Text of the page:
High-Loop

What is the purpose of a high loop? A high loop prevents wastewater back-flowing from your sink to your dishwasher. Learn More.

Heat Pump

An HVAC system that transfers hot and cold air into the structure by using thermal energy.

HRV

Heat recovery ventilation, also known as HRV, mechanical ventilation heat recovery, or MVHR, is an energy recovery ventilation system using equipment known as a heat recovery ventilator, heat exchanger, air exchanger, or air-to-air heat exchanger which employs a counter-flow heat exchanger (countercurrent heat exchange) between the inbound and outbound air flow.[1] HRV provides fresh air and improved climate control, while also saving energy by reducing heating (and cooling) requirements.

Hardie Board

Hardie Board siding is a durable siding product that is made of cement, sand, and cellulose fibers.

HVAC

The heating, ventilation, and cooling system(s).

Microbial-Like

The early stage of mold-like bacteria and/or fungi.

GFCI

A special device that is intended for the protection of personnel by de-energizing a circuit, capable of opening the circuit when even a small amount of current is flowing through the grounding system. Learn More.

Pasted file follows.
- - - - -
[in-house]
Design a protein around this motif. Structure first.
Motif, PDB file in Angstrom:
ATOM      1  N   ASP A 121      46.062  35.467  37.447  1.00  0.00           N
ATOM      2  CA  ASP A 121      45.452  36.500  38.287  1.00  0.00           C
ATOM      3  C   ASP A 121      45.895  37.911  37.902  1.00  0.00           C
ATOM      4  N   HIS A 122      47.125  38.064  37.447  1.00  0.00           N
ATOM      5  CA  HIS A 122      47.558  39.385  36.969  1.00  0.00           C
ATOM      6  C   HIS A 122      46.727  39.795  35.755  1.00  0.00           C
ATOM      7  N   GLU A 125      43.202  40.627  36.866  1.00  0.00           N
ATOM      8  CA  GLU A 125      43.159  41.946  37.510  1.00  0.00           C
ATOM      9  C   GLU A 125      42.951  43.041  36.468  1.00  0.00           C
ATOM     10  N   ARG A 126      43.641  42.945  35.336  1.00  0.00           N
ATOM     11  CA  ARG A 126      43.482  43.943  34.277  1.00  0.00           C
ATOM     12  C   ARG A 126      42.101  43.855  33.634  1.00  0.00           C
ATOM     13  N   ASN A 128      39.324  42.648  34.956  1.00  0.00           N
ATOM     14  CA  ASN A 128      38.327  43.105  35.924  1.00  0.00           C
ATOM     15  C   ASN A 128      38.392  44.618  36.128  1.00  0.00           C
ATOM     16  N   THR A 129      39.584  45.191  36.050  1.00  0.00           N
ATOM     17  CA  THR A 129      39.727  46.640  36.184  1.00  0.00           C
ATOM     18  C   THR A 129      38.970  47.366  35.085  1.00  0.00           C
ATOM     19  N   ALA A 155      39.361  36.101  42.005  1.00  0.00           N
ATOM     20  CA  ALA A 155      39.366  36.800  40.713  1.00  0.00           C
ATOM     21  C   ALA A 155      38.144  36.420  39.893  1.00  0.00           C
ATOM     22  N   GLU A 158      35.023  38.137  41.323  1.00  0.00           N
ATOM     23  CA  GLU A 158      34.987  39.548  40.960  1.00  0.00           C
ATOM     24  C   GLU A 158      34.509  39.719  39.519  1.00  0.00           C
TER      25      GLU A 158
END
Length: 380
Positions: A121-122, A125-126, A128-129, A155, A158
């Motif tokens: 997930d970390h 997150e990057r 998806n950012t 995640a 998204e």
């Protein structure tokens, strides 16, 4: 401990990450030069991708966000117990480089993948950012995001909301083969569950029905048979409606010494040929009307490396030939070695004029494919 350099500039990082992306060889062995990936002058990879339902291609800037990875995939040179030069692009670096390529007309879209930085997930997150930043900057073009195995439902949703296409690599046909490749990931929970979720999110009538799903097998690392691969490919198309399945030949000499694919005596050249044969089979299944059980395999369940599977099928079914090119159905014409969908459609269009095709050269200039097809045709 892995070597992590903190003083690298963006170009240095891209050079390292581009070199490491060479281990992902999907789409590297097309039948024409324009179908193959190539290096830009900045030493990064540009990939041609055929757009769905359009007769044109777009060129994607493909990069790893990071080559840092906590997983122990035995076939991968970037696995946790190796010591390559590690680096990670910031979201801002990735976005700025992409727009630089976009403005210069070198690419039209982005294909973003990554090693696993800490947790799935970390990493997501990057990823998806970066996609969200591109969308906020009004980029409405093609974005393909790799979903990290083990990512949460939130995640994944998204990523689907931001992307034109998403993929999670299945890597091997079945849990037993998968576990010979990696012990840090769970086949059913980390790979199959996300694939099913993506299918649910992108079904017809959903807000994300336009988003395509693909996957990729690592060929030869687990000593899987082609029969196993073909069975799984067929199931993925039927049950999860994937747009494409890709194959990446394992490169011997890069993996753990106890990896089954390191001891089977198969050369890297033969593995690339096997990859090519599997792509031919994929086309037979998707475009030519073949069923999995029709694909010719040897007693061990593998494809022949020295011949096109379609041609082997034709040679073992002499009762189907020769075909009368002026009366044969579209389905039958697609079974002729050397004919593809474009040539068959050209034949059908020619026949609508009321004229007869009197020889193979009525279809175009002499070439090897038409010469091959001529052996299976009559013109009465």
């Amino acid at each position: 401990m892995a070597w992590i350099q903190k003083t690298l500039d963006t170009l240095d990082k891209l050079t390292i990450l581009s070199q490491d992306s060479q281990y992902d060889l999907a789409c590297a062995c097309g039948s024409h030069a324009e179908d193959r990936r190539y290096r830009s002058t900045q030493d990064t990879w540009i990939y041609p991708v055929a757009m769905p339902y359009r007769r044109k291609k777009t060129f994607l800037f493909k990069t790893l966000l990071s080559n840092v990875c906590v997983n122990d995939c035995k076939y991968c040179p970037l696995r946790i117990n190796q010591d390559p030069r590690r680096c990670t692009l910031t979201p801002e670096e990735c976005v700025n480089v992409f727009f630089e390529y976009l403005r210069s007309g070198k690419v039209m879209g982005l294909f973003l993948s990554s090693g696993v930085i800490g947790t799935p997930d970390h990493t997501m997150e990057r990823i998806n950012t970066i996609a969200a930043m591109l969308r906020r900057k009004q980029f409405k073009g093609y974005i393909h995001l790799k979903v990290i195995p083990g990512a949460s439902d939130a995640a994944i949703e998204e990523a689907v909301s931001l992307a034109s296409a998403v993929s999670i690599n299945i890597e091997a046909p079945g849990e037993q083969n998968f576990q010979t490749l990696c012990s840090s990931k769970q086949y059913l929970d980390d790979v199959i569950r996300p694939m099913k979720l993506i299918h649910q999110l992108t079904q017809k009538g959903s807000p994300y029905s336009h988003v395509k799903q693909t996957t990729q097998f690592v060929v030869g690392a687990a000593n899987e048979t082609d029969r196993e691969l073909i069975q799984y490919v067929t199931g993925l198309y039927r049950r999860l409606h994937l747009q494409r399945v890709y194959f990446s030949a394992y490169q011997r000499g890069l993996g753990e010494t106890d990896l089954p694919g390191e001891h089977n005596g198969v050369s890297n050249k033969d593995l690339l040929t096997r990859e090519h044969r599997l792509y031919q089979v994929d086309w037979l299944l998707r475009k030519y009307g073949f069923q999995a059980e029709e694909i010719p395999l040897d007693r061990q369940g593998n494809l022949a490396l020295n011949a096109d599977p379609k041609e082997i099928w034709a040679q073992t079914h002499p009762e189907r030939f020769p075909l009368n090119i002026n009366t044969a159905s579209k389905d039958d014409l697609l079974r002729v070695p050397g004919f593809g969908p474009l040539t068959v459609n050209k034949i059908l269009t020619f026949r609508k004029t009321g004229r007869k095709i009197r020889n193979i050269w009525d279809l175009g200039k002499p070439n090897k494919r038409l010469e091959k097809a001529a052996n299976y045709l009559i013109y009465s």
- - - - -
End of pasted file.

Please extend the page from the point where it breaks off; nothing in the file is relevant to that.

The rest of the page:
Firewall

Modern construction standards require “fire separation” (sometimes called a “firewall”) in an attached garage to separate the garage from living space and/or an attic.

Piers

This foundation involves wood posts or concrete piers set into the ground that bear the weight of the building.

WDO-Like

WDO stands for “wood-destroying organism.”

Vapor Barrier

A vapor barrier slows or prevents the evaporation of ground moisture into the crawl space air.

Valley Flashing

Sheet metal or other material used to line a valley in a roof to direct rainwater off the roof.

Valley

The internal angle formed by the junction of two sloping sides of a roof.

Tension Spring(s)

Your windows use spring balances to help you raise and lower the window sash and keep the sash in a raised position.

Temperature Differential

The temperature differential is just a fancy way of saying that we measure the temperature of the air going into the return vs the measure of the air as it comes out at the registers.

Stemwall

Predominantly constructed masonry footings with masonry walls, they rise above the ground level to provide a raised platform for placing the building sub-floor.

Sheathed Non-Metallic

The non-metallic (NM) designation refers to the outer sheathing that bundles individual wires together like a cable.

Secondary Float Switch

A condensate overflow switch that detects rising water in the HVAC system and shut off the system to prevent overflow and water damage.

Roof Flashing

Roof flashing is a thin material, usually galvanized steel, that professional roofers use to direct water away from critical areas of the roof, wherever the roof plane meets a vertical surface like a wall or a dormer.

Refrigerant Dryer

A mechanical device used to remove condensation from the refrigerant line.

Plenum

Air-distribution box attached directly to the supply and return side of the air handler.